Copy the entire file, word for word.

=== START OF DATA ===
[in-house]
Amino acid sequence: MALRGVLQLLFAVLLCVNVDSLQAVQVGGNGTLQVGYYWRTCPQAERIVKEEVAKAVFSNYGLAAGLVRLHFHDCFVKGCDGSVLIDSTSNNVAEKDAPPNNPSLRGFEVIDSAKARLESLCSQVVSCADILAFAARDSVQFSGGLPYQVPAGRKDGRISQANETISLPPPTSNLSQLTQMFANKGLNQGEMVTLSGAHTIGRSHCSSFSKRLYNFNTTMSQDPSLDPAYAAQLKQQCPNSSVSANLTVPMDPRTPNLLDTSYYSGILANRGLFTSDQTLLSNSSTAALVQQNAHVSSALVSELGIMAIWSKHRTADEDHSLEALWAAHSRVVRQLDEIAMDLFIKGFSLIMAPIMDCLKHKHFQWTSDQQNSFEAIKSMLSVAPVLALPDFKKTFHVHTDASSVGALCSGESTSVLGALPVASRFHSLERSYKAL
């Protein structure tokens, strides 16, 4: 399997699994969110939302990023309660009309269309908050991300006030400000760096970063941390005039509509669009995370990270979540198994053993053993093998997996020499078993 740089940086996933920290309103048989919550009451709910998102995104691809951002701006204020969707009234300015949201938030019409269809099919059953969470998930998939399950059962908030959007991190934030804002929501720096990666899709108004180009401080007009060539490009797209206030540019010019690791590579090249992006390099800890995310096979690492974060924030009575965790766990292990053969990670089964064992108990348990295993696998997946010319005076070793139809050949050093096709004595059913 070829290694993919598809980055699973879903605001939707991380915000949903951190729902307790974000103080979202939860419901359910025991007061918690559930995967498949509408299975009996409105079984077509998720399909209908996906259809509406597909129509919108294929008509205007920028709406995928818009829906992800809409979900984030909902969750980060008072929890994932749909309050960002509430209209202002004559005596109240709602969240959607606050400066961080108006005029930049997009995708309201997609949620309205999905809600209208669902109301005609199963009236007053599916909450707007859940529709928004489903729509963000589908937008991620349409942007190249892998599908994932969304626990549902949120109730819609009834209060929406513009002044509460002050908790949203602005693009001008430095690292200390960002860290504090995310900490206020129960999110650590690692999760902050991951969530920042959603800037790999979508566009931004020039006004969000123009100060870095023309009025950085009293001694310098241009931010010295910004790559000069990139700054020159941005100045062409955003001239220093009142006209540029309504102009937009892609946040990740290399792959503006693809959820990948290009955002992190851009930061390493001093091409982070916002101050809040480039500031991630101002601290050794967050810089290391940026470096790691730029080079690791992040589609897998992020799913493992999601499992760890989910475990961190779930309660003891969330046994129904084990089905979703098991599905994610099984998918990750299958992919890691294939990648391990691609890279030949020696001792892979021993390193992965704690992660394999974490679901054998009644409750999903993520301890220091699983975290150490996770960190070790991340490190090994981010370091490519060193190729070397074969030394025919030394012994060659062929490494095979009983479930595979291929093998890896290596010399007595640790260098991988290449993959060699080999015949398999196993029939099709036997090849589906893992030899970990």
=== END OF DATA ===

[in-house]
Amino acid sequence: MALRGVLQLLFAVLLCVNVDSLQAVQVGGNGTLQVGYYWRTCPQAERIVKEEVAKAVFSNYGLAAGLVRLHFHDCFVKGCDGSVLIDSTSNNVAEKDAPPNNPSLRGFEVIDSAKARLESLCSQVVSCADILAFAARDSVQFSGGLPYQVPAGRKDGRISQANETISLPPPTSNLSQLTQMFANKGLNQGEMVTLSGAHTIGRSHCSSFSKRLYNFNTTMSQDPSLDPAYAAQLKQQCPNSSVSANLTVPMDPRTPNLLDTSYYSGILANRGLFTSDQTLLSNSSTAALVQQNAHVSSALVSELGIMAIWSKHRTADEDHSLEALWAAHSRVVRQLDEIAMDLFIKGFSLIMAPIMDCLKHKHFQWTSDQQNSFEAIKSMLSVAPVLALPDFKKTFHVHTDASSVGALCSGESTSVLGALPVASRFHSLERSYKAL
């Protein structure tokens, strides 16, 4: 399997699994969110939302990023309660009309269309908050991300006030400000760096970063941390005039509509669009995370990270979540198994053993053993093998997996020499078993 740089940086996933920290309103048989919550009451709910998102995104691809951002701006204020969707009234300015949201938030019409269809099919059953969470998930998939399950059962908030959007991190934030804002929501720096990666899709108004180009401080007009060539490009797209206030540019010019690791590579090249992006390099800890995310096979690492974060924030009575965790766990292990053969990670089964064992108990348990295993696998997946010319005076070793139809050949050093096709004595059913 070829290694993919598809980055699973879903605001939707991380915000949903951190729902307790974000103080979202939860419901359910025991007061918690559930995967498949509408299975009996409105079984077509998720399909209908996906259809509406597909129509919108294929008509205007920028709406995928818009829906992800809409979900984030909902969750980060008072929890994932749909309050960002509430209209202002004559005596109240709602969240959607606050400066961080108006005029930049997009995708309201997609949620309205999905809600209208669902109301005609199963009236007053599916909450707007859940529709928004489903729509963000589908937008991620349409942007190249892998599908994932969304626990549902949120109730819609009834209060929406513009002044509460002050908790949203602005693009001008430095690292200390960002860290504090995310900490206020129960999110650590690692999760902050991951969530920042959603800037790999979508566009931004020039006004969000123009100060870095023309009025950085009293001694310098241009931010010295910004790559000069990139700054020159941005100045062409955003001239220093009142006209540029309504102009937009892609946040990740290399792959503006693809959820990948290009955002992190851009930061390493001093091409982070916002101050809040480039500031991630101002601290050794967050810089290391940026470096790691730029080079690791992040589609897998992020799913493992999601499992760890989910475990961190779930309660003891969330046994129904084990089905979703098991599905994610099984998918990750299958992919890691294939990648391990691609890279030949020696001792892979021993390193992965704690992660394999974490679901054998009644409750999903993520301890220091699983975290150490996770960190070790991340490190090994981010370091490519060193190729070397074969030394025919030394012994060659062929490494095979009983479930595979291929093998890896290596010399007595640790260098991988290449993959060699080999015949398999196993029939099709036997090849589906893992030899970990």